Millions of Americans suffer from neuropathy, chronic pain caused by damaged nerves that is difficult to treat. But now a promising new therapy may provide relief, blocking the pain before it starts.
In animal studies, researchers at Boston Children’s Hospital and the Massachusetts Institute of Technology have developed a way to delay neuropathic pain by using tiny spheres filled with a powerful anesthetic.
Chronic neuropathic pain can be caused by shingles, nerve trauma, cancer, diabetes and other conditions. It arises when damaged nerves send unusual signals to the spinal cord and the brain. The constant signaling reprograms the central nervous system to react to any stimulus to the affected area, triggering unpleasant sensations that range from tingling and numbness to shooting, burning pain.
“Currently, neuropathic pain is treated with systemic medications, but there has been significant interest in using powerful local anesthetics to block aberrant nerve discharges from the site of injury to prevent the onset of neuropathic pain,” said Daniel Kohane, MD, PhD, of Boston Children’s Department of Anesthesia.
“Others have tried with varying degrees of success to do this in animal models using a variety of methods, but if applied clinically, those methods would require surgical intervention or could be toxic to tissues. We want to avoid both of those concerns.”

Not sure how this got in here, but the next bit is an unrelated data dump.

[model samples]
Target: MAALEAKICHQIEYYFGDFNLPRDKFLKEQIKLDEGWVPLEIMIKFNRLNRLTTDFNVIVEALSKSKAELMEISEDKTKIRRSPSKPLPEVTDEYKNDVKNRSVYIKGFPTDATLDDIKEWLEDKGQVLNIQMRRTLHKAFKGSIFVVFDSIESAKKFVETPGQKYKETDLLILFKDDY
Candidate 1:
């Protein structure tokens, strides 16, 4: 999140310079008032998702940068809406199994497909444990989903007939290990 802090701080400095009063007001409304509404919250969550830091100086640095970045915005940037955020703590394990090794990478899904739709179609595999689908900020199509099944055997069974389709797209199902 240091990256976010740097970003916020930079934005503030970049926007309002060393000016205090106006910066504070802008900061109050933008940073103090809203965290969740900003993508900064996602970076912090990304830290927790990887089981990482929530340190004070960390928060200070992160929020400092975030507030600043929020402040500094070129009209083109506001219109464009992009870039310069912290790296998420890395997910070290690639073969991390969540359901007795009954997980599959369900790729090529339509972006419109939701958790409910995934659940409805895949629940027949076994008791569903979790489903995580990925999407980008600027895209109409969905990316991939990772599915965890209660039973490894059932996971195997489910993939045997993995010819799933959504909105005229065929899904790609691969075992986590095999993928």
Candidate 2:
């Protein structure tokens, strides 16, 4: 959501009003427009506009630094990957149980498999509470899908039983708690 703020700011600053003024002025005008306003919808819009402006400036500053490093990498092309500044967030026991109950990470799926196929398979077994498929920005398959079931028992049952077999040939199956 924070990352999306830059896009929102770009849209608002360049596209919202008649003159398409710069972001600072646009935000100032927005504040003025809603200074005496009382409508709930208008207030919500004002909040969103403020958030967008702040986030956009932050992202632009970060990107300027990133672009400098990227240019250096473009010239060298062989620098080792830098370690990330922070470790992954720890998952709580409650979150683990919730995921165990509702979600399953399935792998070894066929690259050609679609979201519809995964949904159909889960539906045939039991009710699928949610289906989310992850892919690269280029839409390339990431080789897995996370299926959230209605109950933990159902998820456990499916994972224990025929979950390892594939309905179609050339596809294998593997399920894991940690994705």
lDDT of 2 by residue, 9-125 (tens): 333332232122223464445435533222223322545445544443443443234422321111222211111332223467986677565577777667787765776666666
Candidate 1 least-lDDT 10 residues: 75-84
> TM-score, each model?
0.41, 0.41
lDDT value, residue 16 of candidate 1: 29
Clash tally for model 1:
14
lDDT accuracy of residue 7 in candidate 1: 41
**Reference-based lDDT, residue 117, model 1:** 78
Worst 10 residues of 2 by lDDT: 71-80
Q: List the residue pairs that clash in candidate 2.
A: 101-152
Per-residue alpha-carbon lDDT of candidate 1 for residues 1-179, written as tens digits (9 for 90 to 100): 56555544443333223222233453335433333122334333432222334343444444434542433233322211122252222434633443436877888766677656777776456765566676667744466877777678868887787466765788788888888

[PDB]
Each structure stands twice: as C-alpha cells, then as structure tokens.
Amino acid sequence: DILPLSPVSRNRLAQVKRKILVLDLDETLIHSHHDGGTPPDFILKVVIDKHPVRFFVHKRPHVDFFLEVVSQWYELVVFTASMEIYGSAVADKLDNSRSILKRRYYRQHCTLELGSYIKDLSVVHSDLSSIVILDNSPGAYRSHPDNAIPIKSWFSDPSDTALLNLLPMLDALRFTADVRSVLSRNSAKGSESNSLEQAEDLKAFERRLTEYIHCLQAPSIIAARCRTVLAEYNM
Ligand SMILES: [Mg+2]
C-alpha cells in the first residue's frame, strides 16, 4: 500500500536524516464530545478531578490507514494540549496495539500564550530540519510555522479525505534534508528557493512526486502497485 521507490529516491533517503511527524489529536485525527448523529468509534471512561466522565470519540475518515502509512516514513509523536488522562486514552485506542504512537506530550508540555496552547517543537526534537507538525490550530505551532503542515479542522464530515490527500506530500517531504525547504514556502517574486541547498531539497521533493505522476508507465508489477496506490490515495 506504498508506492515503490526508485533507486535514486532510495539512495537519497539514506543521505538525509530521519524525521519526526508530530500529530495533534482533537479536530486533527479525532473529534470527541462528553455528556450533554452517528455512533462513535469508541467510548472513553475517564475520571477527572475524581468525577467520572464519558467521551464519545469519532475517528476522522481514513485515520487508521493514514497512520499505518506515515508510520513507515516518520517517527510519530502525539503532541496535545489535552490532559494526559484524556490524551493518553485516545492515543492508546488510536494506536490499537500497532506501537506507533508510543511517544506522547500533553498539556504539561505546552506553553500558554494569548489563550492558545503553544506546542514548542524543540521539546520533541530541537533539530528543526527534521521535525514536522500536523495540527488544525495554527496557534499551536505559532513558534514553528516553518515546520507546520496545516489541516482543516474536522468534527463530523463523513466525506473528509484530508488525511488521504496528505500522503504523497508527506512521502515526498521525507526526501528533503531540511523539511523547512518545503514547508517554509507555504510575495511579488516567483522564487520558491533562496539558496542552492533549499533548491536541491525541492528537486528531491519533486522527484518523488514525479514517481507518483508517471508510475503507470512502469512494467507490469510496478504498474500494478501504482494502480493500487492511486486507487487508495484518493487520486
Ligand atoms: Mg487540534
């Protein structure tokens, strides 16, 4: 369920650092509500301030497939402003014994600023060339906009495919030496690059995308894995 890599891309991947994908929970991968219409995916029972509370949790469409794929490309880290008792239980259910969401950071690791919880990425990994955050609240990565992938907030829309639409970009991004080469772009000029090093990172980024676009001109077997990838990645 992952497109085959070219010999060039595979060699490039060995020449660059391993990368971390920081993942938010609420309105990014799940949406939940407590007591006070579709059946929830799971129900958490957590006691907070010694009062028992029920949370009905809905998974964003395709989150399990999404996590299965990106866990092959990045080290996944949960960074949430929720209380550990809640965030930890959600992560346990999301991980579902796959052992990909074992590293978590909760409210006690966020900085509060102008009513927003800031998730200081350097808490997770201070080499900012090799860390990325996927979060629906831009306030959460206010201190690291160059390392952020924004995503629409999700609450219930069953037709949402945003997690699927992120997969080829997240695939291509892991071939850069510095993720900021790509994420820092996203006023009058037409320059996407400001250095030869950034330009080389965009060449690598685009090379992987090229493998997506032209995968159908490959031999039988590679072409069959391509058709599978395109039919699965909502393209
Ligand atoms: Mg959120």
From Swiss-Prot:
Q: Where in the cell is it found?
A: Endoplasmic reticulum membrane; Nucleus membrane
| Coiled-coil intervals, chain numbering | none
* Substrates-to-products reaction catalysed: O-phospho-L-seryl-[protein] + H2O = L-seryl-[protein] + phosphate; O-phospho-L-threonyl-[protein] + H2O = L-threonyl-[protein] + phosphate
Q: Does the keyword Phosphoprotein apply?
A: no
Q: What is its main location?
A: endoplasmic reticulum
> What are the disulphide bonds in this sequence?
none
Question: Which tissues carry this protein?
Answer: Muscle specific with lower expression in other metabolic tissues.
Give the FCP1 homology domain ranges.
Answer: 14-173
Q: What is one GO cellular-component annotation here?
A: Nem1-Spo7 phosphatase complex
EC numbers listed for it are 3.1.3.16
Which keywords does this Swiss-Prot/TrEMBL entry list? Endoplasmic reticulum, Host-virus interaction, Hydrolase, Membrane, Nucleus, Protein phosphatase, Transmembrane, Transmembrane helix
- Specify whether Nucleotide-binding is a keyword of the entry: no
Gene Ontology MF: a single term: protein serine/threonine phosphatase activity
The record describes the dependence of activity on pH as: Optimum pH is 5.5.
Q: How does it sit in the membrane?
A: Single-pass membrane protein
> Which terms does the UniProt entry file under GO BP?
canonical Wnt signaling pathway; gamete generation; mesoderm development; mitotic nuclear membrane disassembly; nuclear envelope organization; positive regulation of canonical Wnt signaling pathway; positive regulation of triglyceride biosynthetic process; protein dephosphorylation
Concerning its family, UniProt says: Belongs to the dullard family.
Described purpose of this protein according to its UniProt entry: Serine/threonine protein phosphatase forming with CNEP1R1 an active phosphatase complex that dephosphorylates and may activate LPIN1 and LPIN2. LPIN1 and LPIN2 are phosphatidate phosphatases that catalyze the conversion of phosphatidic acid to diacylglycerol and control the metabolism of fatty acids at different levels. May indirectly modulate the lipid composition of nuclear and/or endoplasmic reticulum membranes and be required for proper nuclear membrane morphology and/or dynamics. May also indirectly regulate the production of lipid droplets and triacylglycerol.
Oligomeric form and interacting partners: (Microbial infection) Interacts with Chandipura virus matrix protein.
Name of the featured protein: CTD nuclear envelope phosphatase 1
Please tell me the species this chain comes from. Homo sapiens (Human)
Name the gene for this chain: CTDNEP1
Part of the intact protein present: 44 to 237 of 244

Researchers combined the powerful anesthetic saxitoxin with dexamethasone, a drug that prolongs saxitoxin’s effects. They then inserted the compound into liposomes – tiny lipid spheres smaller than a red blood cell – which were then injected into the damaged sciatic nerve tissue of animals.
Although a single injection only delayed the onset of neuropathic pain by about two days, three injections at the site of injury over the course of 12 days delayed the onset of pain by about a month. The injections also appeared to help prevent the reprogramming of the central nervous system by blocking pain signals.
The research team noted that astrocytes in the spine, which help maintain the pain signaling in neuropathic patients, showed no signs of pain-related activity for up to 60 days after the animals were treated.
“We’d like to develop a way to reversibly block nerve signaling for a month with a single injection without causing additional nerve damage,” Kohane said. “We’re trying to refine our methods so that we can get individual injections to last longer and figure out how to generalize the method to other models of neuropathic pain.”
“We also need to see whether it is safe to block nerve activity in this way for this long. We don’t want to inadvertently trade one problem for another. But we think that this approach could be fruitful for preventing and treating what is really a horrible condition.”
The results of the animal study were published online in the Proceedings of the National Academy of Sciences.